Contests of heritage and the politics of preservation in the Former Yugoslav Republic of Macedonia, K. S. Brown

Local consequences

Perhaps the single most important historical site within the Republic in Yugoslav days was Krushevo, a town of around 3,000 people, mostly Macedonians and Vlachs. It has retained its significance today. Krushevo became a significant populated settlement in the eighteenth century when Vlach refugees from the city of Moschopolis fled to the area. Although they remained Ottoman subjects until 1912, the inhabitants were able to purchase the land on which their town was built as a result of the tanzimat reforms in the mid-nineteenth century. By 1900 it was one of the richest towns in the Balkan peninsula. The church of St Nikolas was the seat of an Orthodox bishopric and boasted an iconostasis that was ranked with the best in the region (Ballas 1962 [1905]).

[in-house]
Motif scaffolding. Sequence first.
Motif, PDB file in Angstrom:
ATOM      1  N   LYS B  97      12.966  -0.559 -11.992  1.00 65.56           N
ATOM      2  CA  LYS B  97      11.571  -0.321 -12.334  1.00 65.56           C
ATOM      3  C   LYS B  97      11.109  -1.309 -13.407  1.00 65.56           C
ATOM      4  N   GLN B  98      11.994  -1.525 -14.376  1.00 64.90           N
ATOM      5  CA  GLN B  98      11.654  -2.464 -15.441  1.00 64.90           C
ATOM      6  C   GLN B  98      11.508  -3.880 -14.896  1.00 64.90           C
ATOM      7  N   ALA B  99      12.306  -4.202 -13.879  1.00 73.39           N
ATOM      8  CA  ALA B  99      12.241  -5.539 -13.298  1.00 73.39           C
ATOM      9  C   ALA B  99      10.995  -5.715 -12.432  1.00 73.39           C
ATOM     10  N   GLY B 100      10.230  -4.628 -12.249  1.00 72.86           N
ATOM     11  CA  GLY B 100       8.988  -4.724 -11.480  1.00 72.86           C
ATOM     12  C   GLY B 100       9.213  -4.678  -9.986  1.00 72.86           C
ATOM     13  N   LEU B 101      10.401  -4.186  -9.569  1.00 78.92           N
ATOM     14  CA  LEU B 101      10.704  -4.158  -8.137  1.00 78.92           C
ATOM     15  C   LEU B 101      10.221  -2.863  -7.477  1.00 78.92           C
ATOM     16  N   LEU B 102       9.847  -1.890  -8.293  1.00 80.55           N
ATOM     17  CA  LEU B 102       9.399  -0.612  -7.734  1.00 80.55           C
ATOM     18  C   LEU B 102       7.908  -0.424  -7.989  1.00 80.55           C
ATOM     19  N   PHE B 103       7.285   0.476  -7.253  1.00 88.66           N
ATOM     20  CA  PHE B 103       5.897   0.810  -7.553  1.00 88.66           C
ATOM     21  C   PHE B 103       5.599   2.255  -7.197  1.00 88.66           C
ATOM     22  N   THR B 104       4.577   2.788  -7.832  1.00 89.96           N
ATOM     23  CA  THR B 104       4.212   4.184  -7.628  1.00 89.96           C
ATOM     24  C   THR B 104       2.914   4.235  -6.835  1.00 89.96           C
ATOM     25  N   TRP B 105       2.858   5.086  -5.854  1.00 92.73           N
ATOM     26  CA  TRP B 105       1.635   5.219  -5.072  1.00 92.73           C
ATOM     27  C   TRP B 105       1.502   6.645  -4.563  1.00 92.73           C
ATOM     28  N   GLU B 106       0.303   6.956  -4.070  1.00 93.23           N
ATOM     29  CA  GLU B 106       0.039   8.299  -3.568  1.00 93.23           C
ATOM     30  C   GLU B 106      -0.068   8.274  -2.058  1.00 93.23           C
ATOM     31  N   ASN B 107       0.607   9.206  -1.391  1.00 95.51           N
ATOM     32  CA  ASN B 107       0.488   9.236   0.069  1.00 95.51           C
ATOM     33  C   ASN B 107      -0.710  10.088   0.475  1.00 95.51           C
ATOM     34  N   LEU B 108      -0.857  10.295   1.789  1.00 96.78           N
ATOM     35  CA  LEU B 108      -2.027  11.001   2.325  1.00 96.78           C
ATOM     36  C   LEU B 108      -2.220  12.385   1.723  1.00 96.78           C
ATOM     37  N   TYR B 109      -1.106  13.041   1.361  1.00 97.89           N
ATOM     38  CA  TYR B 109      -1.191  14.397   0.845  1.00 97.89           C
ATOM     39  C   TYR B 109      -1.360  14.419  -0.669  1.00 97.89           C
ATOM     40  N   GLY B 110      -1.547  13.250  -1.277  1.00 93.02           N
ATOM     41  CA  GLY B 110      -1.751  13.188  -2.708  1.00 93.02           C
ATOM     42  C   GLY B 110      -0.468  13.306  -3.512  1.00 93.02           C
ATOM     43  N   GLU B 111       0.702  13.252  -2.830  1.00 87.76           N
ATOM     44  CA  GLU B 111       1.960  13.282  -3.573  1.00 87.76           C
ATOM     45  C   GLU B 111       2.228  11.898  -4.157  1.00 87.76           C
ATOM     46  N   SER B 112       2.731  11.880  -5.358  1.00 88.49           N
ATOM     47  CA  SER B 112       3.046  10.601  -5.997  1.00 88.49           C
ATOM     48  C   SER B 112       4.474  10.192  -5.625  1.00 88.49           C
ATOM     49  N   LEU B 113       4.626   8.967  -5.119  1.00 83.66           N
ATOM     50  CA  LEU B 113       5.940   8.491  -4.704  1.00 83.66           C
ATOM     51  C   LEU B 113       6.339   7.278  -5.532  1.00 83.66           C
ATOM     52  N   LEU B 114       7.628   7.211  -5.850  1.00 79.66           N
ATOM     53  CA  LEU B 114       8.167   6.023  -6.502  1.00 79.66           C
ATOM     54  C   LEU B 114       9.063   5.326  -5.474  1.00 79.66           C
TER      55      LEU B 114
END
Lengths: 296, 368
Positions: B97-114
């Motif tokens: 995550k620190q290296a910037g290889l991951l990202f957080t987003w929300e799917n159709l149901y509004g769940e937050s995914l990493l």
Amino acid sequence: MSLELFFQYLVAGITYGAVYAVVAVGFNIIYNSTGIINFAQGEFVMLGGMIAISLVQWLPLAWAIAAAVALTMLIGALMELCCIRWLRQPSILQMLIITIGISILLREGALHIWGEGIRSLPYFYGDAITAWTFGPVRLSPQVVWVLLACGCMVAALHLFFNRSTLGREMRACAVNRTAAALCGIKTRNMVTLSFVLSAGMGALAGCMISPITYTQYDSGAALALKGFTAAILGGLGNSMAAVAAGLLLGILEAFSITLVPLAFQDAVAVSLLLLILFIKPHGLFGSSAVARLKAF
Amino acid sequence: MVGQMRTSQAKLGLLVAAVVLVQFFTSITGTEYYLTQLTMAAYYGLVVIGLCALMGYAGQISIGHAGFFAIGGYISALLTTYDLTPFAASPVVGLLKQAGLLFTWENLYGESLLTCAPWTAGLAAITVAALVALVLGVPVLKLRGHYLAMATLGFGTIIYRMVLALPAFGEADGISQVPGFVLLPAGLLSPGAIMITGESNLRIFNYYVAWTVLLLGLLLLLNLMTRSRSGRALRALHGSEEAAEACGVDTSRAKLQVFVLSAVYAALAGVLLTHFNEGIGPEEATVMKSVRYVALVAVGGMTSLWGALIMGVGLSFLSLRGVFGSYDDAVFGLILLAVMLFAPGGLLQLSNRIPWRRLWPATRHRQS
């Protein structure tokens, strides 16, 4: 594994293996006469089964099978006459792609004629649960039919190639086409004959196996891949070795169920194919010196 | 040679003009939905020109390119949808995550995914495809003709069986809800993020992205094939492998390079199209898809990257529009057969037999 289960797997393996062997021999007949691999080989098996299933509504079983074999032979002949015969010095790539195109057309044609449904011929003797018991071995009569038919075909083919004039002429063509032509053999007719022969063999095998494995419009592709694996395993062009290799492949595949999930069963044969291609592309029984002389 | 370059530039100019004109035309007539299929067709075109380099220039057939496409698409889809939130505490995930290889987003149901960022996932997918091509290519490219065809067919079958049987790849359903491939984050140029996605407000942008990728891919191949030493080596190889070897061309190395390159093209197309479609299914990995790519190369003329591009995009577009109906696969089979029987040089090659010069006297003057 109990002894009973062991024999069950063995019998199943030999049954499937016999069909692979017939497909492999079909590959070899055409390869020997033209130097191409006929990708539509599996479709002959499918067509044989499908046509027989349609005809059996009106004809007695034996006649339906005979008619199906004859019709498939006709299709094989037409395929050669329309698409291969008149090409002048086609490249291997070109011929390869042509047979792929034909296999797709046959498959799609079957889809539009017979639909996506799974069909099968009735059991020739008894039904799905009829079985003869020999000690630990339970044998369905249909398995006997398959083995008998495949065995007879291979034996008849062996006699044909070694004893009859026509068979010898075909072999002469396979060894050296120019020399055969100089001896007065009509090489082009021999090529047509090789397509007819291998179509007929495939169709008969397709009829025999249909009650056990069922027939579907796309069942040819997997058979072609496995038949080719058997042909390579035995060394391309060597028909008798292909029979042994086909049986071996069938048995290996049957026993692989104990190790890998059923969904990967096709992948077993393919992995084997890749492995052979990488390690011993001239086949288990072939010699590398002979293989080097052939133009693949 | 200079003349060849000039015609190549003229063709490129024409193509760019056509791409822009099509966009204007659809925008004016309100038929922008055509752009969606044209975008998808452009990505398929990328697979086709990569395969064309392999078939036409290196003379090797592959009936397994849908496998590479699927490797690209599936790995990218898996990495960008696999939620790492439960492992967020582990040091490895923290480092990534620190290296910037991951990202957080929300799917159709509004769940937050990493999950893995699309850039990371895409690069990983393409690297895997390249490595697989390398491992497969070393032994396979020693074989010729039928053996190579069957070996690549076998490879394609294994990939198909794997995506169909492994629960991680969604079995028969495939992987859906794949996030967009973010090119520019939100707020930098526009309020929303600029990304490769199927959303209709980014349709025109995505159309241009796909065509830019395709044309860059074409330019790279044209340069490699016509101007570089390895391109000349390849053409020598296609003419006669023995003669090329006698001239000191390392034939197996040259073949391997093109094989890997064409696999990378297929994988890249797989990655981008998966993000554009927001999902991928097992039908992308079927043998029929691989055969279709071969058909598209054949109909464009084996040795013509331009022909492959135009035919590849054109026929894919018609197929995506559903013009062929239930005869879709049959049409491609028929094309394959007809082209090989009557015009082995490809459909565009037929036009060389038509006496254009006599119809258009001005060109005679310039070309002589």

In 1903, Western Macedonia was the site of an armed uprising against Ottoman rule and Krushevo was the seat of a provisional rebel government. The town was quickly recaptured by Ottoman forces and sacked: over 150 houses were burned, as well as the church. Although many people left to make homes elsewhere, the church and many houses were rebuilt. Because of the symbolic significance attached to the Ilinden Uprising by the new regime of Yugoslavia and Macedonia after World War II, the town in its entirety was designated a spomen grad a memorial town. Partly as a consequence of this designation, although some building programs were undertaken in the town centre, much of the town remained as it had been. Tito visited the town in 1969 and within a few years the road up from the valley had been improved, a ski-lift added at one end of the town and, in 1974, a monument at the other. On the basis of research conducted in the town during 1992 3, I offer a speculative archaeology of three particular sites in the neighbourhood of Krushevo. These are based largely on the narratives given by people of the town when asked about history. The parameters according to which they constructed their narratives reveal very clearly the kind of connection that space and architecture has with the recollection of the past, as well as the continual processes of construction and destruction at work on the material of a town.

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